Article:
The Giant’s House: A Romance
What is the story behind that person who served you coffee this morning? What love has tortured the cab driver who gazes listlessly at you, awaiting a destination? What was the 82-year woman living next door like when she was just 25?
Everyone has a story, but that fact is not always obvious. In Elizabeth McCraken’s novel, The Giants House: A Romance, we find two characters with different lives, but similar needs. The setting is in the 1950’s and Peggy Cort is a 26-year-old librarian in a small town. Create a librarian stereotype, an Cort fits the mold — unmarried, cold, orderly, and predictable. We are introduced to her and the book with the line, “I do not love mankind.”
But what she will love is 11-year-old James Sweatt, a tall boy on his way to becoming a giant. In fact, by the end of the novel he is over 8-feet tall, although he is not yet 20 years old. While Peggy can live her life in anonymity, James has no choice but to show his story every time he steps out of the house.
Both characters are alienated from others who cannot understand their lives. Instead, they connect with each other and we watch as James grows up (literally) and Peggy becomes more a part of his life. She becomes immersed in his family and finally in James himself.
It is not giving away anything to say they love one another — the subtitle is “a romance.” But common notions of romance are lost as we see these two different people seeking some solace in the world. It is not a romance of bodies, but of lives.
McCracken has a deft hand, especially in this debut novel (1996). Early, when talking with James’ mother about his father, who left them long ago, she says to her:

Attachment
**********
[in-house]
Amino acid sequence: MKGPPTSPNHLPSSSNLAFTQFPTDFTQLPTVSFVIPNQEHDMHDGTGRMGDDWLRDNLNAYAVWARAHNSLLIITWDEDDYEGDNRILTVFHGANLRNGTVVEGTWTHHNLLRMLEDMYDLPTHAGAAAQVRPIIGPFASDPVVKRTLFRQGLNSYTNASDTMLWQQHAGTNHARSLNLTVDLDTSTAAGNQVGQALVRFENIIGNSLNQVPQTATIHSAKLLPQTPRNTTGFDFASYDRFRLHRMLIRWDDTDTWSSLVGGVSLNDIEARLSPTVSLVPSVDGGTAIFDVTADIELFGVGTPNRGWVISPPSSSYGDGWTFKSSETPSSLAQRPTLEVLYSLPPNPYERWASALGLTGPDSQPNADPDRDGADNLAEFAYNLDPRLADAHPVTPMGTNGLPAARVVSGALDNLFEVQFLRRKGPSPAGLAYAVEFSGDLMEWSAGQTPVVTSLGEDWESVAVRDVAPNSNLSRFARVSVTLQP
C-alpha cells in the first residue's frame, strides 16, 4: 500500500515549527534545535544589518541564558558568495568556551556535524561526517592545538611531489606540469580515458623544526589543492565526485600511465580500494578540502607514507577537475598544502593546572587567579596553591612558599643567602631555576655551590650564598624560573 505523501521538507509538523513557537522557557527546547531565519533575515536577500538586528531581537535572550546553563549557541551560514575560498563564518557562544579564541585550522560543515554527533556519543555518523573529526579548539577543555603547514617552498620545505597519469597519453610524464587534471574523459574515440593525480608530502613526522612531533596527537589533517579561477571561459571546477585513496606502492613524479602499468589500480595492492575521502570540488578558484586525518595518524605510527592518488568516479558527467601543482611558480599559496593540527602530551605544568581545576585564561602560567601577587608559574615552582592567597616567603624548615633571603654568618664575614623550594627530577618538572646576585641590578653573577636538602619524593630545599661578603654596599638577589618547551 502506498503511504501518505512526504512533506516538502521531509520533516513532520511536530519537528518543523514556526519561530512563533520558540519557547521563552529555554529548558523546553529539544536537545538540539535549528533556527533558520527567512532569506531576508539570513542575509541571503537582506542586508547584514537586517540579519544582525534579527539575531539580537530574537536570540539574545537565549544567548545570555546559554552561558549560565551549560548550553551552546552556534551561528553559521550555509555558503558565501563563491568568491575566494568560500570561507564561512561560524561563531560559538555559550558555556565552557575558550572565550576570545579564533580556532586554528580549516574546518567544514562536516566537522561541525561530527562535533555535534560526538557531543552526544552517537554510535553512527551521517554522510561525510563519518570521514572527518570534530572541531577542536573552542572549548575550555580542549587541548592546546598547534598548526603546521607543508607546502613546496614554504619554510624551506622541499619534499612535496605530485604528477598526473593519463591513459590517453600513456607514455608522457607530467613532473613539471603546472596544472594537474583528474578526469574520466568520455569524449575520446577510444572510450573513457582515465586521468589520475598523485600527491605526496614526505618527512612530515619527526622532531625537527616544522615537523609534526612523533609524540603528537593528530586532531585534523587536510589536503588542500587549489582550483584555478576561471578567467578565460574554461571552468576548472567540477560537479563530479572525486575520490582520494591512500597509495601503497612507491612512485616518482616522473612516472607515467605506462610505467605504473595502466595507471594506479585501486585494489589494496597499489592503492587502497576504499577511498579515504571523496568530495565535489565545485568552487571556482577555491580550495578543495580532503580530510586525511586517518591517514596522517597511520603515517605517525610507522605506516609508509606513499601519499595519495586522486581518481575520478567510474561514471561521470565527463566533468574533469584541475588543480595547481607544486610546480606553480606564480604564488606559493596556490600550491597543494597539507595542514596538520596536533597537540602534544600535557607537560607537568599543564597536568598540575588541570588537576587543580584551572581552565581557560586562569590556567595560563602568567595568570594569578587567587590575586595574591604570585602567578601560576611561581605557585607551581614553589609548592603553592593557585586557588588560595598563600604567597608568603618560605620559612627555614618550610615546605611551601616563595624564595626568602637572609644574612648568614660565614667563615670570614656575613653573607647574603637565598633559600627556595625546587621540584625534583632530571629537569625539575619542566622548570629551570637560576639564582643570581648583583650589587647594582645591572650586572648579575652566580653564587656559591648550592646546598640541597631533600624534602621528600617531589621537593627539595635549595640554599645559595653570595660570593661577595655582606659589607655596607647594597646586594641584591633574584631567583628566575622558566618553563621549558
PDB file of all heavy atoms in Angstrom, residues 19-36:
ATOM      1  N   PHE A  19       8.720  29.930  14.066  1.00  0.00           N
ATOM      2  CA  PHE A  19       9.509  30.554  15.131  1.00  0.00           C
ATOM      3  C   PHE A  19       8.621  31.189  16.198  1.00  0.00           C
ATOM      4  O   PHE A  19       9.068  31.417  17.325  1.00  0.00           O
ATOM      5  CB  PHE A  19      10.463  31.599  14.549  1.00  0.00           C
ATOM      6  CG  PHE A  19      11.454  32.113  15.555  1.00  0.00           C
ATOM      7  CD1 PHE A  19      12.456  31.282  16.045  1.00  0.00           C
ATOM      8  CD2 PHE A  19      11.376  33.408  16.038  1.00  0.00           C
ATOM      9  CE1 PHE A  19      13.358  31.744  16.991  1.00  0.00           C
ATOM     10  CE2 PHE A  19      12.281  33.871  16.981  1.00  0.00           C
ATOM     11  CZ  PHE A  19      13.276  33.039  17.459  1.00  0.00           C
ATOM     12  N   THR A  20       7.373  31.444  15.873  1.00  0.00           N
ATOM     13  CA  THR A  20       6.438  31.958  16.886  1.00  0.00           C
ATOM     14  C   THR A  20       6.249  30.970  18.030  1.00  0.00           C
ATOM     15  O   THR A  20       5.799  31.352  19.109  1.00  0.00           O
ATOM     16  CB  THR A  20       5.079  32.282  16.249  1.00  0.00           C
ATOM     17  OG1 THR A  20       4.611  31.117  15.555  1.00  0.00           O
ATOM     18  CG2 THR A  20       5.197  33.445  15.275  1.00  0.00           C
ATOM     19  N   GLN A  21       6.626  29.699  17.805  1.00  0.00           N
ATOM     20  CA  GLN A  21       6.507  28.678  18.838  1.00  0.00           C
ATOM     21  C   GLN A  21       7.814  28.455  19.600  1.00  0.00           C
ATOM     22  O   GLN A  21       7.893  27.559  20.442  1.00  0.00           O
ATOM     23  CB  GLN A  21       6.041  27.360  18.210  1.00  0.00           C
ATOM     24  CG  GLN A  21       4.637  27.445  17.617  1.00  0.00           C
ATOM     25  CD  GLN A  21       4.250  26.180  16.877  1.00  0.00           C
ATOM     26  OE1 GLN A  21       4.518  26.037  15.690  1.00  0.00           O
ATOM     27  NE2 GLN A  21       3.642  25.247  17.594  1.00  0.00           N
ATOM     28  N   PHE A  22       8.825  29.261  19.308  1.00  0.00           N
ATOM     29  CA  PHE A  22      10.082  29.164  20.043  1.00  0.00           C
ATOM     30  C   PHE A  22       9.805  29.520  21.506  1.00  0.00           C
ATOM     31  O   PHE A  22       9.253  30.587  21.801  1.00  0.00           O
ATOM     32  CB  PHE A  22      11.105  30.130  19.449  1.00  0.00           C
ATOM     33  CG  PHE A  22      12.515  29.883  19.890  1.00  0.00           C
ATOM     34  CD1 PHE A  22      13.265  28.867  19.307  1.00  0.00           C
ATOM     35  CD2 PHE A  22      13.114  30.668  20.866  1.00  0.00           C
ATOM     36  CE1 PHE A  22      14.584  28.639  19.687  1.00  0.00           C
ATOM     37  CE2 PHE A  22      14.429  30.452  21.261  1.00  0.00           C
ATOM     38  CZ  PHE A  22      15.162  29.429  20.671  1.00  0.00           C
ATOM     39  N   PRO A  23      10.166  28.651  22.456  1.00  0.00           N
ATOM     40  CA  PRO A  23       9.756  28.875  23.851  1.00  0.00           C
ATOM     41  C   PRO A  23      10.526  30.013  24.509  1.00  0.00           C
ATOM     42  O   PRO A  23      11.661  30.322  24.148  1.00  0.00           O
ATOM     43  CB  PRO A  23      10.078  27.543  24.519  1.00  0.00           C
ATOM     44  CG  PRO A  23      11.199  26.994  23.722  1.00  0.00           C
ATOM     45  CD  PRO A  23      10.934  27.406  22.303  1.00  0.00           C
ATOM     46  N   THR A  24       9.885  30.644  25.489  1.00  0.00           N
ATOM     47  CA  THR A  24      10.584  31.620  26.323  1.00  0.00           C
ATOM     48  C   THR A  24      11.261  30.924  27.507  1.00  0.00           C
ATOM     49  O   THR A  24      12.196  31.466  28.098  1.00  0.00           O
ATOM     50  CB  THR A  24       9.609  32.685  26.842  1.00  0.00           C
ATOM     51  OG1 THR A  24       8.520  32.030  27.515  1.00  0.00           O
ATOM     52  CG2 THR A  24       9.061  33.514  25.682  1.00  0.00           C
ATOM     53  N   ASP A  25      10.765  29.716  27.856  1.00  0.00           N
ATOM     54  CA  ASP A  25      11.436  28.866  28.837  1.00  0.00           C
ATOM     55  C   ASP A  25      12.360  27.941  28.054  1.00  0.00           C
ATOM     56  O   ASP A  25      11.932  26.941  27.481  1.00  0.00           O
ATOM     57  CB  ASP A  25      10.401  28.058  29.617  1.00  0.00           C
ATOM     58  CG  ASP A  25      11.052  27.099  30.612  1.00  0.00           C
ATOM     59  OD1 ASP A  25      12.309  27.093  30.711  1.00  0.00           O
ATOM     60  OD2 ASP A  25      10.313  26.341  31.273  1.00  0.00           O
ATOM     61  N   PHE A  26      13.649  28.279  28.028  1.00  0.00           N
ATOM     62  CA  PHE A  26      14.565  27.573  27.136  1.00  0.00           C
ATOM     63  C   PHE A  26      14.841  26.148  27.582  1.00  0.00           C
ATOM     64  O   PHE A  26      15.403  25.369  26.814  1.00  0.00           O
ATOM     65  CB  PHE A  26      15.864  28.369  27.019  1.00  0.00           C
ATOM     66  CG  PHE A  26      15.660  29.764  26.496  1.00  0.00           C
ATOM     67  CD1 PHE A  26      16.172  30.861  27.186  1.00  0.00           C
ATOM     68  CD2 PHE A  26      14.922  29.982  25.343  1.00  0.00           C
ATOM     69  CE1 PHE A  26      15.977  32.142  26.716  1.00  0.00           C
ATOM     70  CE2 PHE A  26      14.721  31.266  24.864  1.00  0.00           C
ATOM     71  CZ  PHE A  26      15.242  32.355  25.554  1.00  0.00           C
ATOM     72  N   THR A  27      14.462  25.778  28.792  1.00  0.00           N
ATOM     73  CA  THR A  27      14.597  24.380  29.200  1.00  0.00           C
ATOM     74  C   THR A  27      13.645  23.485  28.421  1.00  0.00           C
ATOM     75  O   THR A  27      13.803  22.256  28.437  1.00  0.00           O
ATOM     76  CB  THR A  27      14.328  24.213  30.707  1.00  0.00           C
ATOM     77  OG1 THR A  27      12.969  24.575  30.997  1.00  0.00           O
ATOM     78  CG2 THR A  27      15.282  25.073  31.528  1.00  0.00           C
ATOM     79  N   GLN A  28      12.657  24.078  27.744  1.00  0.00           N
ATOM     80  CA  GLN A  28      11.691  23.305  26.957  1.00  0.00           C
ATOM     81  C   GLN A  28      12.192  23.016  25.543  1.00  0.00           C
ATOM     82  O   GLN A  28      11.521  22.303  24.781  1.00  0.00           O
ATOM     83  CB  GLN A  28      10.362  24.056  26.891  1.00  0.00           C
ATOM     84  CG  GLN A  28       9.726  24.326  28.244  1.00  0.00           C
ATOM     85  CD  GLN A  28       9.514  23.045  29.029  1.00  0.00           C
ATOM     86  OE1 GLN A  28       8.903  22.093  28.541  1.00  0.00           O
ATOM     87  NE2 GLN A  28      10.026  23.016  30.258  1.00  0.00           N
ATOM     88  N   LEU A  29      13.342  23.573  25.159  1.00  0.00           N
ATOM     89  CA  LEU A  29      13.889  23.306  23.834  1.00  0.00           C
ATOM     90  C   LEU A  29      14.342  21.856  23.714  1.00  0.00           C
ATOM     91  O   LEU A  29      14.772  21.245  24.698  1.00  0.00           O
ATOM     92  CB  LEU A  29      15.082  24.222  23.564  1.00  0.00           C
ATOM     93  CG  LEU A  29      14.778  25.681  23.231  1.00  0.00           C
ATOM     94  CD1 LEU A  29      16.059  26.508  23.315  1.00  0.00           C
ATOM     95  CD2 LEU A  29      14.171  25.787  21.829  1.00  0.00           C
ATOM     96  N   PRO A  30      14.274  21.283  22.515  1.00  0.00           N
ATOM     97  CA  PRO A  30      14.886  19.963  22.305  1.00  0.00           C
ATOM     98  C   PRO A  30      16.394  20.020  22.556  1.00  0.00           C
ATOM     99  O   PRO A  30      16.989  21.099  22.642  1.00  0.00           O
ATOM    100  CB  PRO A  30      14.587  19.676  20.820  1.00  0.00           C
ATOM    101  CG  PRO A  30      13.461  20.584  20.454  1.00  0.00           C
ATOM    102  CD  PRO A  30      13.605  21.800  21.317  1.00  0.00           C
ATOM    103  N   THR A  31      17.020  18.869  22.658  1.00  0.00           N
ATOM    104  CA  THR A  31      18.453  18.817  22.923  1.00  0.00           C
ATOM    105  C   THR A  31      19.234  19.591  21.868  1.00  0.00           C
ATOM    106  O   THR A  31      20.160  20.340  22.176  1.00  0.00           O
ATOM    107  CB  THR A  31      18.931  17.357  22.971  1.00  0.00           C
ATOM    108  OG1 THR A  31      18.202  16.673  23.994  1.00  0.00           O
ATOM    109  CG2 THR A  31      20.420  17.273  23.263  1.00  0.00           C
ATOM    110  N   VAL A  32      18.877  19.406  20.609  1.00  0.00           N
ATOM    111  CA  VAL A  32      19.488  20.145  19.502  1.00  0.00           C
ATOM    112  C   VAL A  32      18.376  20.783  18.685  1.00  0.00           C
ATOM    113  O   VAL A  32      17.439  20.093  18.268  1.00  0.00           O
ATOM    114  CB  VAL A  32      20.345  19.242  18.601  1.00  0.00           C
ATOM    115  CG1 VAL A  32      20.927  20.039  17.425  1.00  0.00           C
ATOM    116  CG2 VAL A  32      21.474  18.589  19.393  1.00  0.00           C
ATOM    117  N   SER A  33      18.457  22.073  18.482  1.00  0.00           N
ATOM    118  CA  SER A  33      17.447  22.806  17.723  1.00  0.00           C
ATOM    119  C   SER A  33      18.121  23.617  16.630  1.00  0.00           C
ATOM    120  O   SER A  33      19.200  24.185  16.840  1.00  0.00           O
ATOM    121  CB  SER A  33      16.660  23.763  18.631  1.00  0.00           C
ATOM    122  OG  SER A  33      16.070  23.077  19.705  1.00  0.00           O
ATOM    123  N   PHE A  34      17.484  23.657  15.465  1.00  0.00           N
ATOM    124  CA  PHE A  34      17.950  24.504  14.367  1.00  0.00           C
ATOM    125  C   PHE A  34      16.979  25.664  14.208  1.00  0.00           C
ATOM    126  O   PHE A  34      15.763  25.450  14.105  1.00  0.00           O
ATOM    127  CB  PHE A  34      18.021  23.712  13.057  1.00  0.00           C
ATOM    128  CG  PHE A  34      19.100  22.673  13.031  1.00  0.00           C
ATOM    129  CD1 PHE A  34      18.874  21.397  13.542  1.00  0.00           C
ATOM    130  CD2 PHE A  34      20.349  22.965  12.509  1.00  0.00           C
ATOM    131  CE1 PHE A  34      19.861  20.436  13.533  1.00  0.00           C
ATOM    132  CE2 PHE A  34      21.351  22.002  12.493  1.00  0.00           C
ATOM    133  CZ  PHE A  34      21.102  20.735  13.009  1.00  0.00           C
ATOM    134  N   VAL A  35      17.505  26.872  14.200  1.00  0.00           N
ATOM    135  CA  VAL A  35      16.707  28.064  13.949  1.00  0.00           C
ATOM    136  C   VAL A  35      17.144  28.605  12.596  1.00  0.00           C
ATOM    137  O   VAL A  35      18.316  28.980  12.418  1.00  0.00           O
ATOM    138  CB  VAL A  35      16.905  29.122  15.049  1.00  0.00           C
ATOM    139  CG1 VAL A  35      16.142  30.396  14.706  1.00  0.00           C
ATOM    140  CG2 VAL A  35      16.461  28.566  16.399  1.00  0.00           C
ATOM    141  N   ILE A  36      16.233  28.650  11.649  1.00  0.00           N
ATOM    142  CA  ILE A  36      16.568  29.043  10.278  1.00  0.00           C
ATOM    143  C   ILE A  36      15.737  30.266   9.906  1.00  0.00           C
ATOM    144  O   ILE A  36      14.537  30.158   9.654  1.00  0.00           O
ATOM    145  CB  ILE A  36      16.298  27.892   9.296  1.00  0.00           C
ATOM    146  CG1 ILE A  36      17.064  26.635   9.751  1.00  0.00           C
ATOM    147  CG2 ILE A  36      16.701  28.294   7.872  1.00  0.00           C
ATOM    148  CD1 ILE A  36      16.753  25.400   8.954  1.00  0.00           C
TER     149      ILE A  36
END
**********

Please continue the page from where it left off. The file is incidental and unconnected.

“‘Ah. You’ve forgotten him.’
‘No.’ She sighed. ‘I can’t forget him. I don’t even try.'”
It is a line which reveals so much of James’ mother’s heartache and inability to move forward, yet it is done simply and undramatically. The narrator notes that it sounds like the line of a popular song, “and she made it sound like the truest sentence there ever was.”
And while the topics are serious, McCracken injects humor through the observations of both Peggy and James. Peggy’s quiet life masks an attentive spirit who misses little and dismisses much. She talks about her dislike of weddings, not because she was jealous — she was only jealous of love. “The sight of a couple furtively holding hand beneath a restaurant table was more likely to remind me of the hopelessness of my life than any number of ladies dressed in giant christening gowns reciting words to become joined to a man in a rented suit.”
I will not reveal any endings, but suffice it say that McCracken refuses to take the easy way out. Apparently McCracken used the life of real-life giant Robert Wadlow, who died in 1940. Like Wadlow, James is from a small town and does promotional stints for a shoe manufacturer and time with the circus. McCracken herself was a librarian until taking to writing. But whether Wadlow loved a librarian is not really important. This is not a story of how we appear, but who we are.